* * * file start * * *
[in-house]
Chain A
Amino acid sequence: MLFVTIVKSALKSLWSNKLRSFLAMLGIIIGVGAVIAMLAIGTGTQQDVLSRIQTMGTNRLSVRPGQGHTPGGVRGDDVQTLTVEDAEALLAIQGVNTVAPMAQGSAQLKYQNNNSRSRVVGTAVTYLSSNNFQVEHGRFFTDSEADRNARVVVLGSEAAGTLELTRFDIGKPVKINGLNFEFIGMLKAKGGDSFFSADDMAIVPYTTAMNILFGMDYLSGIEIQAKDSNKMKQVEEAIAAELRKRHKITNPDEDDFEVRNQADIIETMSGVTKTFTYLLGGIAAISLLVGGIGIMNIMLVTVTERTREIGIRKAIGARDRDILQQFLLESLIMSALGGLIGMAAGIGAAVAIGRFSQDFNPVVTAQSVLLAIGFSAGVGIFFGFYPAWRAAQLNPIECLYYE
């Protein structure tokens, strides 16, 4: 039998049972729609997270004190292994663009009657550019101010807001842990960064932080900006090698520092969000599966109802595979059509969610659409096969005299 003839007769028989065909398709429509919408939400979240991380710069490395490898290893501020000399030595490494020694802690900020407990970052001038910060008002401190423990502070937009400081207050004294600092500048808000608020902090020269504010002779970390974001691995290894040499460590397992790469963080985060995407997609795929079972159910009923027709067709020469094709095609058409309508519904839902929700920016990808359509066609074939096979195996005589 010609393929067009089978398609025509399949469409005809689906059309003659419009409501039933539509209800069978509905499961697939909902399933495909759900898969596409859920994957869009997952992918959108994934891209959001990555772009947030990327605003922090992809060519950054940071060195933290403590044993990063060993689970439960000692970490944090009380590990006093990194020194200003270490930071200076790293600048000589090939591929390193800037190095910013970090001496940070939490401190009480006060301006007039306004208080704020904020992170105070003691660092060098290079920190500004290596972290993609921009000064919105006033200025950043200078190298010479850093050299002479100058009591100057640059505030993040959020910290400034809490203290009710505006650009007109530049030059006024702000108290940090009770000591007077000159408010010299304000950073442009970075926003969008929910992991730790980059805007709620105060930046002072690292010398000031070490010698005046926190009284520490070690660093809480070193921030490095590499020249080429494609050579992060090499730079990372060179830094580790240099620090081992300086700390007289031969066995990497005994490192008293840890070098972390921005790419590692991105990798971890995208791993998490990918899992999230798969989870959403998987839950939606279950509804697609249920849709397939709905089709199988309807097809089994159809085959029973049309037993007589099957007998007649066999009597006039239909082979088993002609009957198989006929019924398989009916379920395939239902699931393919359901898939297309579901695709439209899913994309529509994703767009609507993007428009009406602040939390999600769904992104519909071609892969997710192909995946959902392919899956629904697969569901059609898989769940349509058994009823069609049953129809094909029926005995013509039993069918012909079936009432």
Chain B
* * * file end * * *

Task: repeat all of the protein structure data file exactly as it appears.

[in-house]
Chain A
Amino acid sequence: MLFVTIVKSALKSLWSNKLRSFLAMLGIIIGVGAVIAMLAIGTGTQQDVLSRIQTMGTNRLSVRPGQGHTPGGVRGDDVQTLTVEDAEALLAIQGVNTVAPMAQGSAQLKYQNNNSRSRVVGTAVTYLSSNNFQVEHGRFFTDSEADRNARVVVLGSEAAGTLELTRFDIGKPVKINGLNFEFIGMLKAKGGDSFFSADDMAIVPYTTAMNILFGMDYLSGIEIQAKDSNKMKQVEEAIAAELRKRHKITNPDEDDFEVRNQADIIETMSGVTKTFTYLLGGIAAISLLVGGIGIMNIMLVTVTERTREIGIRKAIGARDRDILQQFLLESLIMSALGGLIGMAAGIGAAVAIGRFSQDFNPVVTAQSVLLAIGFSAGVGIFFGFYPAWRAAQLNPIECLYYE
């Protein structure tokens, strides 16, 4: 039998049972729609997270004190292994663009009657550019101010807001842990960064932080900006090698520092969000599966109802595979059509969610659409096969005299 003839007769028989065909398709429509919408939400979240991380710069490395490898290893501020000399030595490494020694802690900020407990970052001038910060008002401190423990502070937009400081207050004294600092500048808000608020902090020269504010002779970390974001691995290894040499460590397992790469963080985060995407997609795929079972159910009923027709067709020469094709095609058409309508519904839902929700920016990808359509066609074939096979195996005589 010609393929067009089978398609025509399949469409005809689906059309003659419009409501039933539509209800069978509905499961697939909902399933495909759900898969596409859920994957869009997952992918959108994934891209959001990555772009947030990327605003922090992809060519950054940071060195933290403590044993990063060993689970439960000692970490944090009380590990006093990194020194200003270490930071200076790293600048000589090939591929390193800037190095910013970090001496940070939490401190009480006060301006007039306004208080704020904020992170105070003691660092060098290079920190500004290596972290993609921009000064919105006033200025950043200078190298010479850093050299002479100058009591100057640059505030993040959020910290400034809490203290009710505006650009007109530049030059006024702000108290940090009770000591007077000159408010010299304000950073442009970075926003969008929910992991730790980059805007709620105060930046002072690292010398000031070490010698005046926190009284520490070690660093809480070193921030490095590499020249080429494609050579992060090499730079990372060179830094580790240099620090081992300086700390007289031969066995990497005994490192008293840890070098972390921005790419590692991105990798971890995208791993998490990918899992999230798969989870959403998987839950939606279950509804697609249920849709397939709905089709199988309807097809089994159809085959029973049309037993007589099957007998007649066999009597006039239909082979088993002609009957198989006929019924398989009916379920395939239902699931393919359901898939297309579901695709439209899913994309529509994703767009609507993007428009009406602040939390999600769904992104519909071609892969997710192909995946959902392919899956629904697969569901059609898989769940349509058994009823069609049953129809094909029926005995013509039993069918012909079936009432």
Chain B